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Jackson Township in Huntingdon County, Pennsylvania — The American Northeast (Mid-Atlantic)
 

An Industry in Ruins

Greenwood Furnace State Park

 
 
An Industry in Ruins Marker image. Click for full size.
Photographed By Don Morfe, November 9, 2015
1. An Industry in Ruins Marker
Inscription.  
By the 20th century, iron furnaces like these belonged to the past. The growing cost of transporting raw materials and finished products to and from rural furnaces reduced profits. The forest, the source of wood for charcoal fuel, had been depleted. Iron production, increasingly linked to the demand for steel, shifted to larger, more economical furnaces located in cities.

After furnace #2 closed in 1904, workers dismantled abandoned structures, relocated some, and salvaged the wood from others. Vegetation gradually engulfed the two stone stacks that you see today.

Not until 1936, when the Civilian Conservation Corps stabilized stack #2 (the ruin on the right), did the most striking reminder of the local iron-making legacy re-emerge. Forty years later, archeologists investigated the ruins of stack#1 (the ruin on the left).

In the course of a few years the charcoal furnace (Greenwood Furnace) in the township will likely cease operations on account of the scarcity of accessible timber.
Letter published in the Semi Weekly News, Huntingdon, PA, February 13, 1902.

[Captions:]
Greenwood
An Industry in Ruins-Furnace #2 image. Click for full size.
Photographed By Don Morfe, November 9, 2015
2. An Industry in Ruins-Furnace #2
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Furnace in about 1890, twelve years before it ceased operations.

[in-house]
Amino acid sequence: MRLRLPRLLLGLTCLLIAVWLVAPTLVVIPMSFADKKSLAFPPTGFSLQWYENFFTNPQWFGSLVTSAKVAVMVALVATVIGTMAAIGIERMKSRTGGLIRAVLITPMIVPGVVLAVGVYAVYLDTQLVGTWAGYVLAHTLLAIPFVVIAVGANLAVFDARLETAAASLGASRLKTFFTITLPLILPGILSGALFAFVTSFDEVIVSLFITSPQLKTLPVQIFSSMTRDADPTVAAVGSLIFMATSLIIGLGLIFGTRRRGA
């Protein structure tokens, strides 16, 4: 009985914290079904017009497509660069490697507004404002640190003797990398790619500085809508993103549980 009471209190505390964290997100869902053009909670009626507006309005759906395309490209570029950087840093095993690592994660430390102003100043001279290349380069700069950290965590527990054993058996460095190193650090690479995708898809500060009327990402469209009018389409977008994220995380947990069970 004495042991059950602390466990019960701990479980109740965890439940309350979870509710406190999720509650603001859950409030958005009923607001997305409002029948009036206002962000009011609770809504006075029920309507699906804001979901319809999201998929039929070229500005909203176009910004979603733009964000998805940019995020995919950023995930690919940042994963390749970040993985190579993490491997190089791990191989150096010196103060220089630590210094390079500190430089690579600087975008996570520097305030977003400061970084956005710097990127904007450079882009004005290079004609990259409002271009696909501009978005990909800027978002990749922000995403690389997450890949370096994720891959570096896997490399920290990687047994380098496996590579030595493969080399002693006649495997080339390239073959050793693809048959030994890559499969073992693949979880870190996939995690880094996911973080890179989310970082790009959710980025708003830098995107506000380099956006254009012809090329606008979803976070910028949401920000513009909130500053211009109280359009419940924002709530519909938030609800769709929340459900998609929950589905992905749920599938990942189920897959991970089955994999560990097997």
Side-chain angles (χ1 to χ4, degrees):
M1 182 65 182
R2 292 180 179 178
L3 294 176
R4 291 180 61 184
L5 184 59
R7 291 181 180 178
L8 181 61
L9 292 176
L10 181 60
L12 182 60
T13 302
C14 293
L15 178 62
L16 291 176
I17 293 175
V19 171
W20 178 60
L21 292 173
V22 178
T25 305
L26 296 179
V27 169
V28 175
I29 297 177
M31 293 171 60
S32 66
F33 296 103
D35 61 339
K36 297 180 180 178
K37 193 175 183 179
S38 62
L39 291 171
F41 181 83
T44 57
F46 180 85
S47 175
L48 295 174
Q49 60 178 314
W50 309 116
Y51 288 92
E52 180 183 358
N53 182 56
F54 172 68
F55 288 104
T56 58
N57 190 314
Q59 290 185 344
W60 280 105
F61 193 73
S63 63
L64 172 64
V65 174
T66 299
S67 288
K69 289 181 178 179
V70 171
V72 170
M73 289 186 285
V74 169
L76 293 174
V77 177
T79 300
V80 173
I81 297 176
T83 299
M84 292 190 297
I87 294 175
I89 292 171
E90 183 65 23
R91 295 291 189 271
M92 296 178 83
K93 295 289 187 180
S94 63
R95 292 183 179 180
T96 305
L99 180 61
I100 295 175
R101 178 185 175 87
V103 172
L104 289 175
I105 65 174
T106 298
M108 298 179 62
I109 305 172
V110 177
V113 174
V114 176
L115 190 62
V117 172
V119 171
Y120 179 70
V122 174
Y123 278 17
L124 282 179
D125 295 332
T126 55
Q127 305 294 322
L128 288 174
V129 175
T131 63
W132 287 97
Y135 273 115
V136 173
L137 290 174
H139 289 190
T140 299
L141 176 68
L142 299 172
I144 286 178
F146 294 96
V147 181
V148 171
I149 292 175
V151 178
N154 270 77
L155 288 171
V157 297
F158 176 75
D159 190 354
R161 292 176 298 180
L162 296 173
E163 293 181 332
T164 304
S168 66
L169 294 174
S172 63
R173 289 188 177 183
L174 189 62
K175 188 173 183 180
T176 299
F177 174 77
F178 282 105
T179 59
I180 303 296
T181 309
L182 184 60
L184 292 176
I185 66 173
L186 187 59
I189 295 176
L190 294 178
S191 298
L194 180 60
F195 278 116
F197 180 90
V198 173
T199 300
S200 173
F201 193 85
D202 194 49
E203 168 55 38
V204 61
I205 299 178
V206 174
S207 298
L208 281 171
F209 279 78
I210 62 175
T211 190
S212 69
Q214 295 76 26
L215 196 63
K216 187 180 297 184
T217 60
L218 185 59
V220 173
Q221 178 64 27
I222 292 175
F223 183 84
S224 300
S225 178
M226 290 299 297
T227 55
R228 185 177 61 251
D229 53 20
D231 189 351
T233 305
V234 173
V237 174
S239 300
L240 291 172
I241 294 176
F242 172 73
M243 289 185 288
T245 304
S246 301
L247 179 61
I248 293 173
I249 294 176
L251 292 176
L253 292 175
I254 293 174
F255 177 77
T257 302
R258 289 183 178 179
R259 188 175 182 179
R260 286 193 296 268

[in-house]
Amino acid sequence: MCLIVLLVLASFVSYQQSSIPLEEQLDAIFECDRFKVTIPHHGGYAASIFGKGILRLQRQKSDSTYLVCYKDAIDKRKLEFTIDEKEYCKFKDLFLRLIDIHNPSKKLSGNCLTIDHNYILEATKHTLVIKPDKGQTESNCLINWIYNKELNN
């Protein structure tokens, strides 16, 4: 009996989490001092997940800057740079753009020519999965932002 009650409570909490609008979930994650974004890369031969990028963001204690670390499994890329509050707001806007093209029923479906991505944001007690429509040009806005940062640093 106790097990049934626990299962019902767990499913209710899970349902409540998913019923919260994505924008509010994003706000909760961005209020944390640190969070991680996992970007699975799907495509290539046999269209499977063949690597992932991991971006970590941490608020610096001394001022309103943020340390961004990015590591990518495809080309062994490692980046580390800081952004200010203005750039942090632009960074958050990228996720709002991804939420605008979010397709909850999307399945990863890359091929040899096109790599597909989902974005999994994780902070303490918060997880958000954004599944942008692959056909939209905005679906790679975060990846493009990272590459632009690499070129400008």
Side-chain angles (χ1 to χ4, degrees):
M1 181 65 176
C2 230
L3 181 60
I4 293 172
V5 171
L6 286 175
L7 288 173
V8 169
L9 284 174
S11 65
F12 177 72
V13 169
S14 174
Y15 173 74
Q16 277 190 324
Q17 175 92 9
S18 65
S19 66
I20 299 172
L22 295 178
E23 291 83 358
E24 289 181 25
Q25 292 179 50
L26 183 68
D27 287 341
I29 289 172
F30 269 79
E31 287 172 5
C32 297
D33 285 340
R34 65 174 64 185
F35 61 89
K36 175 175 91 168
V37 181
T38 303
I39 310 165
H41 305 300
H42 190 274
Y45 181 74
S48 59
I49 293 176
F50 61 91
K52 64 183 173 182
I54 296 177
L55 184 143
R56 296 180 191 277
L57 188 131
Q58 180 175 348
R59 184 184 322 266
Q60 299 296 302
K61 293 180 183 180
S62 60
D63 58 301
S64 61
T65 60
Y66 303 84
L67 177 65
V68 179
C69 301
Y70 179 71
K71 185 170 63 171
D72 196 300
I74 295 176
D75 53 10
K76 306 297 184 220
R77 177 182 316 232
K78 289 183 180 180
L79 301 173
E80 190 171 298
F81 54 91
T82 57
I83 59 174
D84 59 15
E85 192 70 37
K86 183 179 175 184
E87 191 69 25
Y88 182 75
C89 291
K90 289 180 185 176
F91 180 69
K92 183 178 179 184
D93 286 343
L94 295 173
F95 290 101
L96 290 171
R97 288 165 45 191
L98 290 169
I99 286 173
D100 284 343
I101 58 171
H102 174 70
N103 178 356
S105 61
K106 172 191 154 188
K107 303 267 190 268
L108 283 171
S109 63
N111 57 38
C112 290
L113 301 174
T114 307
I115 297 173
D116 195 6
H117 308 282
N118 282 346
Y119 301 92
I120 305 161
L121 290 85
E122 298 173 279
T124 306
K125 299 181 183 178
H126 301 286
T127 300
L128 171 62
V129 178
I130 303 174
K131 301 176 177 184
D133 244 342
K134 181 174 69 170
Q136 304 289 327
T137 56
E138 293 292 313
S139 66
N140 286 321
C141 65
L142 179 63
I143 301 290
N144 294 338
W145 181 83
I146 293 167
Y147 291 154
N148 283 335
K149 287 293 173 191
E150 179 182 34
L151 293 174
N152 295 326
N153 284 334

In the 1920s, stacks 1 and 2 stood like oversize tombstones, slowly crumbling memorials to the age of rural iron furnaces.

The Civilian Conservation Corps stabilized stack #2 in the 1930s, just one of the projects that changed the face of rural America during the Great Depression.
 
Erected by Pennsylvania Bureau of State Parks.
 
Topics and series. This historical marker is listed in these topic lists: Charity & Public WorkIndustry & Commerce. In addition, it is included in the Civilian Conservation Corps (CCC) series list. A significant historical date for this entry is February 13, 1902.
 
Location. 40° 39.108′ N, 77° 45.205′ W. Marker is in Jackson Township, Pennsylvania, in Huntingdon County. Marker is on Broad Mountain Road. This marker in in Greenwood Furnace State Park. Touch for map. Marker is in this post office area: Huntingdon PA 16652, United States of America. Touch for directions.
 
Other nearby markers. At least 8 other markers are within walking distance of this marker. From Mineral To Metal (here, next to this marker); An Undeniable Presence (here, next to this marker); The “Best” Iron (here, next to this marker); Basic Ingredients (a few steps from this marker); The Worker’s Pyramid (a few steps from this marker); Greenwood Furnace (a few steps

An Industry in Ruins-Furnace #1 image. Click for full size.
Photographed By Don Morfe, November 9, 2015
3. An Industry in Ruins-Furnace #1
from this marker); Methodist Episcopal Church (about 400 feet away, measured in a direct line); Blacksmith & Wagon Shop (about 500 feet away). Touch for a list and map of all markers in Jackson Township.
 
An Industry in Ruins Marker image. Click for full size.
Photographed By Don Morfe, November 9, 2015
4. An Industry in Ruins Marker
This marker is the third marker from left to right.
 
 
Credits. This page was last revised on July 11, 2021. It was originally submitted on November 21, 2015, by Don Morfe of Baltimore, Maryland. This page has been viewed 209 times since then and 22 times this year. Photos:   1, 2, 3, 4. submitted on November 21, 2015, by Don Morfe of Baltimore, Maryland. • Bill Pfingsten was the editor who published this page.

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Dec. 9, 2022